Room by room, go through your home and make a physical inventory of your possessions. Make note of everything from furniture to clothing to decorative items. Then for each item, ask yourself why you own it. Does it fulfill some utilitarian purpose? Did you buy it on a whim? Was it a gift or is it a treasured heirloom? Do you have some emotional attachment to an item – if so, why? Do you like even it? Do you need it?
This process will be very eye opening. You will realize how many of your possessions serve no useful purpose to you. You surely once had reason to acquire these things, but they may have outlived their usefulness. Or many things no longer represent your evolving sense of style. So why keep them?
Gather together all the items that you feel you don’t really want or need any more. Clear out a room, or a part of a room, or garage, and start making a stack of things to rid from the household. If some items are under debate, put them in a separate pile, but keep the process going and the “out” pile growing. As the house starts to empty, into this growing pile, it will become cathartic. You will realize your home feels a lot bigger without so much “stuff” filling the space. You will also realize how much money you have spent, over the years, on things that you didn’t need or even like.
You can recoup some of your investments by selling items of value. You could consider consignment shops, Craigslist or even Ebay to make a few extra bucks. You could use that money later, to redecorate the newly emptied spaces, without impacting your budget.
Whatever you don’ t sell, give away. There are many fine charities, such as Goodwill, who would love to have the donations of clothing and household items. You could also ask your local friends, via social media, if anyone knows any local families in need. In this way you may end up helping young people just starting out in their first home or even people whose lives have been devastated by a fire or other natural disaster. However you give, it will give you a joyful feeling to be able to help others.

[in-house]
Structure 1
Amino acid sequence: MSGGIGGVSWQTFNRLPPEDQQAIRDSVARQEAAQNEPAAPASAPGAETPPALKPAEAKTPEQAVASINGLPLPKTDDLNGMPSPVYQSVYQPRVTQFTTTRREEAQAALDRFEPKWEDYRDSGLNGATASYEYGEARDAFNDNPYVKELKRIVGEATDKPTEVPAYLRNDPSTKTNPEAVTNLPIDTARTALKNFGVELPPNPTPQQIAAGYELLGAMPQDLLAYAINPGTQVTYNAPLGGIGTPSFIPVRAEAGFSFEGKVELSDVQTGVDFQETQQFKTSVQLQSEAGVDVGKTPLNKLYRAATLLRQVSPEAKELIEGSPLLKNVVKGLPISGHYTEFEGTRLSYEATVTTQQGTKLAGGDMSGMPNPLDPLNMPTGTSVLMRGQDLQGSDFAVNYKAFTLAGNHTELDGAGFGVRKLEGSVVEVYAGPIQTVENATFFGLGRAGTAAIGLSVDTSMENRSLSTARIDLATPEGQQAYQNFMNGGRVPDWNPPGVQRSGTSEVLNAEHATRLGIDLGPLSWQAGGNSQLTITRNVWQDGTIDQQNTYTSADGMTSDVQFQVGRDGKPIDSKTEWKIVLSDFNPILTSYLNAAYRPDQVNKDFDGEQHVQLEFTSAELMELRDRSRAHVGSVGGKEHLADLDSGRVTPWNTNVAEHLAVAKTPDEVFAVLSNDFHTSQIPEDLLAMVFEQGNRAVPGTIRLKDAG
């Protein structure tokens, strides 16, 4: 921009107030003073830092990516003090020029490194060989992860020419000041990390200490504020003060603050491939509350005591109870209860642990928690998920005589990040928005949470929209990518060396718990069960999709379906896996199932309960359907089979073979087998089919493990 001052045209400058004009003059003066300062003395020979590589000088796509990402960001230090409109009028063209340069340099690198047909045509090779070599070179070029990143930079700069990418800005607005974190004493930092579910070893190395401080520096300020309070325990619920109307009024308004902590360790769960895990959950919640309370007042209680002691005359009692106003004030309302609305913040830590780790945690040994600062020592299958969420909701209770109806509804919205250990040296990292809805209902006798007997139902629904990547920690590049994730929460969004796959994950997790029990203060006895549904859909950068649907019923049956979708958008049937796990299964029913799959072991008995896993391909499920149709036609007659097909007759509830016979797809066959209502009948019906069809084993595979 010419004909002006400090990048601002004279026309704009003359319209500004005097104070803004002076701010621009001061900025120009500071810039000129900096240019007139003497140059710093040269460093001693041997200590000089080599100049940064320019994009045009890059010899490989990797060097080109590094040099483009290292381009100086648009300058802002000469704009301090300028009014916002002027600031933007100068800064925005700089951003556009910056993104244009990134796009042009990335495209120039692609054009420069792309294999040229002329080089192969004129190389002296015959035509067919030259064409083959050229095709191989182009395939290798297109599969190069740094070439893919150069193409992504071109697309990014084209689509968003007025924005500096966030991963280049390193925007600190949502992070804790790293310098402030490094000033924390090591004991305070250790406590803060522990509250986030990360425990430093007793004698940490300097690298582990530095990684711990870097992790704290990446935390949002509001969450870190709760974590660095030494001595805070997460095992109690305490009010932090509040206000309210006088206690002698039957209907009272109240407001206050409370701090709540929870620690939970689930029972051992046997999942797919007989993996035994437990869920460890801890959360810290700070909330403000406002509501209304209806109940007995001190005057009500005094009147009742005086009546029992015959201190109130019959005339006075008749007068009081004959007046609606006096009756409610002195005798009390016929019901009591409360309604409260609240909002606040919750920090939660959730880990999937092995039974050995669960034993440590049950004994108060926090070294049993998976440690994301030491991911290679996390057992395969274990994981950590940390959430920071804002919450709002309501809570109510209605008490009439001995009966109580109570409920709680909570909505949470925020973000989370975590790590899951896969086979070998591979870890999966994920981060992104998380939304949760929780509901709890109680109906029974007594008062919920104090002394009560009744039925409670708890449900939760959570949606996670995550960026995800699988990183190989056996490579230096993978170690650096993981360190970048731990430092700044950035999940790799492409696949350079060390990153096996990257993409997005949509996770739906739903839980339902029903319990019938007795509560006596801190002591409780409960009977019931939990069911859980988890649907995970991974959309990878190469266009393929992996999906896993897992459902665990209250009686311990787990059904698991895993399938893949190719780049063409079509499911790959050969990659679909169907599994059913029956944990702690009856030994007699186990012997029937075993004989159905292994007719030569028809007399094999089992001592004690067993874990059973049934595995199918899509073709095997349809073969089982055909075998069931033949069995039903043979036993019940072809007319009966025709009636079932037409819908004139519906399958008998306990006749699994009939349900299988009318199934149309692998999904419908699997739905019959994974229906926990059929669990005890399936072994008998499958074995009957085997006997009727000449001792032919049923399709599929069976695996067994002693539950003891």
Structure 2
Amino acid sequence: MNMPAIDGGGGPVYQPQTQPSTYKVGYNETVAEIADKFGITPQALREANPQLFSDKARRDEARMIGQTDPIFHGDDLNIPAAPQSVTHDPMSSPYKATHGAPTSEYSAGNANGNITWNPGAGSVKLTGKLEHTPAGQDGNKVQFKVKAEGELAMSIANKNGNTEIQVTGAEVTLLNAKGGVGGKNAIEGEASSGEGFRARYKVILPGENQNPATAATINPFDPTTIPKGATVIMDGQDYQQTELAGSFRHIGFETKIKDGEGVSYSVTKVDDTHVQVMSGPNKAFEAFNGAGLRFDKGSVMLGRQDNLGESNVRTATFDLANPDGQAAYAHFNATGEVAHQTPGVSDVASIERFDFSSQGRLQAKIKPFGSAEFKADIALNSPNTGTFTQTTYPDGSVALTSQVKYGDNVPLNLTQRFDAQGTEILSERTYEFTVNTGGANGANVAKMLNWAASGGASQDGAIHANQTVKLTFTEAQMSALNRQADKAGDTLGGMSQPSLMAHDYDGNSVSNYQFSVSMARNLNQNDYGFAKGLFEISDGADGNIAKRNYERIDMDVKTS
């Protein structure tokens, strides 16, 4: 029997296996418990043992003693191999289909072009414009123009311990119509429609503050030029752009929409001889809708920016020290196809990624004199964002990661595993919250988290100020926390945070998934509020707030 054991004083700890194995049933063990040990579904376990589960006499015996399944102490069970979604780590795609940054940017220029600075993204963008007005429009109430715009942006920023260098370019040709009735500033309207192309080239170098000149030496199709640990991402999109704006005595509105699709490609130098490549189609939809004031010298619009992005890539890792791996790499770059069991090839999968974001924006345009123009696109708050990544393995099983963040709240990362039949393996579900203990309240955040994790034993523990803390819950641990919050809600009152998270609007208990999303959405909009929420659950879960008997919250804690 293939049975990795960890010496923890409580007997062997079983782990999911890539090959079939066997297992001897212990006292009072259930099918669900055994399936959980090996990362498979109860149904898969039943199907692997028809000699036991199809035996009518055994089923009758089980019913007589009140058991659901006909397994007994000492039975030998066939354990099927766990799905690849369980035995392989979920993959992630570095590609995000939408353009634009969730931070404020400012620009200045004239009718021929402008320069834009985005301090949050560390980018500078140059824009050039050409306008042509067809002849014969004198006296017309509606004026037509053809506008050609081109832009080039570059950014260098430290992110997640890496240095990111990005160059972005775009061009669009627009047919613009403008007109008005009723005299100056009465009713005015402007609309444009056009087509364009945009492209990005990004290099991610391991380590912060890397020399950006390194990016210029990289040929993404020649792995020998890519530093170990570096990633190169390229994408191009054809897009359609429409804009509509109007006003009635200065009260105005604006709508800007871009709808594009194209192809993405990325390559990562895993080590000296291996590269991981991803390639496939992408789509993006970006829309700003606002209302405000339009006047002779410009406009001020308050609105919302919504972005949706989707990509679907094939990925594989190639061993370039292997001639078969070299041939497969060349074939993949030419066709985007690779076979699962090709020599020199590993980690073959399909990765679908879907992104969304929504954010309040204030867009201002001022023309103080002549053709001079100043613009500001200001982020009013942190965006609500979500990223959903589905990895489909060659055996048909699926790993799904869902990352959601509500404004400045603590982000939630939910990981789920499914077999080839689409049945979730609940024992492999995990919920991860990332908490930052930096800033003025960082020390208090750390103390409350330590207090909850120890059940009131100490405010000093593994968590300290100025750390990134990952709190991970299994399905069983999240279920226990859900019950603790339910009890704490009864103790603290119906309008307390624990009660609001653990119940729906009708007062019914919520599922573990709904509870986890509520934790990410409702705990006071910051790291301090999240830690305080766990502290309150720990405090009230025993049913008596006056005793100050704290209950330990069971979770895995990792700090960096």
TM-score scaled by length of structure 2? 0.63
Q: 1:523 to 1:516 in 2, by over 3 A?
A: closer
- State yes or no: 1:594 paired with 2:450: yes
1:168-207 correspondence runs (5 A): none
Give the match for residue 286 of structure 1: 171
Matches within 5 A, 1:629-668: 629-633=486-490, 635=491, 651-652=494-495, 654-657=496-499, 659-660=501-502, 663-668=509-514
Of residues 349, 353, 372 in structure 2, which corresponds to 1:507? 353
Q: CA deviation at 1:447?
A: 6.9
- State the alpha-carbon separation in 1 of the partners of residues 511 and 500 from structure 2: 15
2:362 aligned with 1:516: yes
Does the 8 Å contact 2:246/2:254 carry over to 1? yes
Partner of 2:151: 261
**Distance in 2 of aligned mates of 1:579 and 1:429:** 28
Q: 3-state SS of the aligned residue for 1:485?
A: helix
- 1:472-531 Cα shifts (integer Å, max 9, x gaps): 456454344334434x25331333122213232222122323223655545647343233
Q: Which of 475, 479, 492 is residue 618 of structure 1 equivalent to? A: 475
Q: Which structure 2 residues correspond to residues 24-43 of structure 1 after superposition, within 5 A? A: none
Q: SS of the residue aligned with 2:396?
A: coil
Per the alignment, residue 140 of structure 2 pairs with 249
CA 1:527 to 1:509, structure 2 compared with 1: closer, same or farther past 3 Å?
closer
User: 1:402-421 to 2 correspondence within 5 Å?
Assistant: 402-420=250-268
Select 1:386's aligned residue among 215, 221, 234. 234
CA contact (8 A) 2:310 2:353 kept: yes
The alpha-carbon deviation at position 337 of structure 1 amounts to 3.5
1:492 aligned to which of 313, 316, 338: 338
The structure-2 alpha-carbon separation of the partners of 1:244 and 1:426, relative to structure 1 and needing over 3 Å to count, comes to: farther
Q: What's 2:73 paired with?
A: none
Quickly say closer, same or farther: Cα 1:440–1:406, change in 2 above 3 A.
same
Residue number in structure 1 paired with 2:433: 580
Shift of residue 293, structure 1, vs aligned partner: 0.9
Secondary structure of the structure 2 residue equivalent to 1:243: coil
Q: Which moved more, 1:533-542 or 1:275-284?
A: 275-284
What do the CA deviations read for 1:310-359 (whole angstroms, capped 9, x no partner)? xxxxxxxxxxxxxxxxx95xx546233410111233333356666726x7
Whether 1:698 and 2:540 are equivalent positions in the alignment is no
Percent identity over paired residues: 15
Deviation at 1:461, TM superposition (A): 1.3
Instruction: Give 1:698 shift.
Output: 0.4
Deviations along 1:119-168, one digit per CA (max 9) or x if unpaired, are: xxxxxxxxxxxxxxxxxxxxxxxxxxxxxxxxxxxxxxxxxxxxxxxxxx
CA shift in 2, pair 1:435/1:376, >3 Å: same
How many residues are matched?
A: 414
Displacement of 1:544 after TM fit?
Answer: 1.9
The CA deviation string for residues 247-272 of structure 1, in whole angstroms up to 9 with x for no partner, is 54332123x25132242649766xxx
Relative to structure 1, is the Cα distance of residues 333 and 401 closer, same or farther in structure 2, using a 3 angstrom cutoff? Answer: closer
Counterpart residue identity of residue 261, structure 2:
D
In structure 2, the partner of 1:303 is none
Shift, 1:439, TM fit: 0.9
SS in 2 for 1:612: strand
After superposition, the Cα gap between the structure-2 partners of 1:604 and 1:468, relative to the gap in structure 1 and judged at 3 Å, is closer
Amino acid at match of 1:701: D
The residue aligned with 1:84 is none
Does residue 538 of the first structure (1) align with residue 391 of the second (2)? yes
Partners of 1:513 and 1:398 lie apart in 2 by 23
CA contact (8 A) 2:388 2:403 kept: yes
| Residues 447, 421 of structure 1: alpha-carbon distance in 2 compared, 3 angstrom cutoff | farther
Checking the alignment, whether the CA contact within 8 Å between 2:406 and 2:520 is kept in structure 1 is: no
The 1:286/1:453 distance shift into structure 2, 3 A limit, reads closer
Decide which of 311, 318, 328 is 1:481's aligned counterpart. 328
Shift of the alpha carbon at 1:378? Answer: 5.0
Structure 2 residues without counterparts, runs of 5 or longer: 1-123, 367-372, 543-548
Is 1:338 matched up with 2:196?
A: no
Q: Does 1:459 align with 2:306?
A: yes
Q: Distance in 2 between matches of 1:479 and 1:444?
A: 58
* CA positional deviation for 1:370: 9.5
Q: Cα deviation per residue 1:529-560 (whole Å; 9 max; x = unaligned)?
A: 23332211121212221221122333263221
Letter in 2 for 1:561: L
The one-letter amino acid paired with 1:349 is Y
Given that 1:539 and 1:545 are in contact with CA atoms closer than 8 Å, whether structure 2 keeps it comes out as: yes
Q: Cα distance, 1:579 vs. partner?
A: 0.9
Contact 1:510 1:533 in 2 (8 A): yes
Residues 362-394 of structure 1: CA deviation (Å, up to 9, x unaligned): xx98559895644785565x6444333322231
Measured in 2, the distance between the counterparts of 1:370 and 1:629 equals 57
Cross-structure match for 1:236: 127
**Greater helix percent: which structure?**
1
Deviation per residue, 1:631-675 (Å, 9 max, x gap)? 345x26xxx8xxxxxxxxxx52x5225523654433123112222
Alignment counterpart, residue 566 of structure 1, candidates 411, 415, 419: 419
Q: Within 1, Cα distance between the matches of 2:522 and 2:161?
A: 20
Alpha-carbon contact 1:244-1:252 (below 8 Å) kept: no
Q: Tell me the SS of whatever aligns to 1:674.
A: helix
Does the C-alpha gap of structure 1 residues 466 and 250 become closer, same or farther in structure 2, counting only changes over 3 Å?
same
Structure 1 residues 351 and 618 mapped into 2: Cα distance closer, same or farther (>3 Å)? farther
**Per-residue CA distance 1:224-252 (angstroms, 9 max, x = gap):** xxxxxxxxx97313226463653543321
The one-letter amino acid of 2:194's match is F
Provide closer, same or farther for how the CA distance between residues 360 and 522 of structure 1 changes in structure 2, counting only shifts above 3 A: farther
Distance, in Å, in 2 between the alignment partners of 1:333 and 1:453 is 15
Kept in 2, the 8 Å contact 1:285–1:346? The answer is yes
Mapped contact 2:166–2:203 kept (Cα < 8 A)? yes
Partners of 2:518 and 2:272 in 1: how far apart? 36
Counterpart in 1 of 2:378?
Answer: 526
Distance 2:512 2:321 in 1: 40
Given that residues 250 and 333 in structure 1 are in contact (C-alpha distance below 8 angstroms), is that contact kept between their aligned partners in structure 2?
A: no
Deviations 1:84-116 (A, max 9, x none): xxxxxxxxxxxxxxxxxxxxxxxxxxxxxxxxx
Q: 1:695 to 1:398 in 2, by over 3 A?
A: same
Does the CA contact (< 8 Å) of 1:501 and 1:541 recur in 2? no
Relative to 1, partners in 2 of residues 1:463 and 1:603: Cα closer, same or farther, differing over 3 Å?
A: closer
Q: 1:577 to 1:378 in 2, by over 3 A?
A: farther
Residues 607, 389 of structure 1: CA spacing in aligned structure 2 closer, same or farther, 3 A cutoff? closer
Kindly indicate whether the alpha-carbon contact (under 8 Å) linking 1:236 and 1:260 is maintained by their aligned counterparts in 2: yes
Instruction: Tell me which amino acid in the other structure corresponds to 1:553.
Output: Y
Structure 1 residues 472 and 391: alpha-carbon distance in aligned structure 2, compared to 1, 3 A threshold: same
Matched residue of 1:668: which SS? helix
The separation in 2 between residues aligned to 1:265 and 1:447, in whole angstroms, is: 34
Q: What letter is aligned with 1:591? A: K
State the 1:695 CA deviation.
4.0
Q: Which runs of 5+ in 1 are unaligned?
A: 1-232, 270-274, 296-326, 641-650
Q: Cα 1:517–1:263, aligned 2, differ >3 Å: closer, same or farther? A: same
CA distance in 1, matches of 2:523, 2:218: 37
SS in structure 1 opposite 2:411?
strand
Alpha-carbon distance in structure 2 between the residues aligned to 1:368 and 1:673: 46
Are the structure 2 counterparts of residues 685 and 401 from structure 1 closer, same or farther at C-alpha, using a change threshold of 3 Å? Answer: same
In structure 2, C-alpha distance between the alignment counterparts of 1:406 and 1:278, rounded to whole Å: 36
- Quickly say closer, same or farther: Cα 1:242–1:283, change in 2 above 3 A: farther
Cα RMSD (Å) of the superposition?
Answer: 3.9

Now that shelves, walls and floors are a lot more empty, it is the perfect time to do a thorough cleaning. Dust, shampoo the carpets or scrub the floors and every kitchen or bathroom surface. If you have a furnace or air conditioning system, change the filters. Ridding your home of dust and allergens can have a great effect on one’s health and well being.
Now it is time to treat yourself. Minimalism does not mean nothingness. Now you can peruse the pages of design magazines and websites for inspiration and make a plan. Because of the steps you have already taken, you have given yourself the freedom to reinvent your surroundings. Go room by room and make a design plan for your new color schemes and decorative style. Be sure to use your tape measure, so that you buy items that will fit your rooms and still leave enough negative space to give you a minimalist feel. Large department stores such as belk have extensive collections of items that match each other by color and style. Utilizing such places can save you much time and money on shipping.
This process, you will find, can be transformative, not just for your environment, but for your emotional state. There is a saying, “You don’t own your possessions, they own you.” Doing something like giving away half or more of your possessions will not feel like any sort of loss. It will loosen the hold materialism has over you. Your spending patterns will change and you will find that it is easier to stick to a budget and save for the future. Your priorities in life with move away from what things you wish you have. You will be more focused on the amount and quality of time you have with your loved ones and the experiences and adventures of which you can fill your days.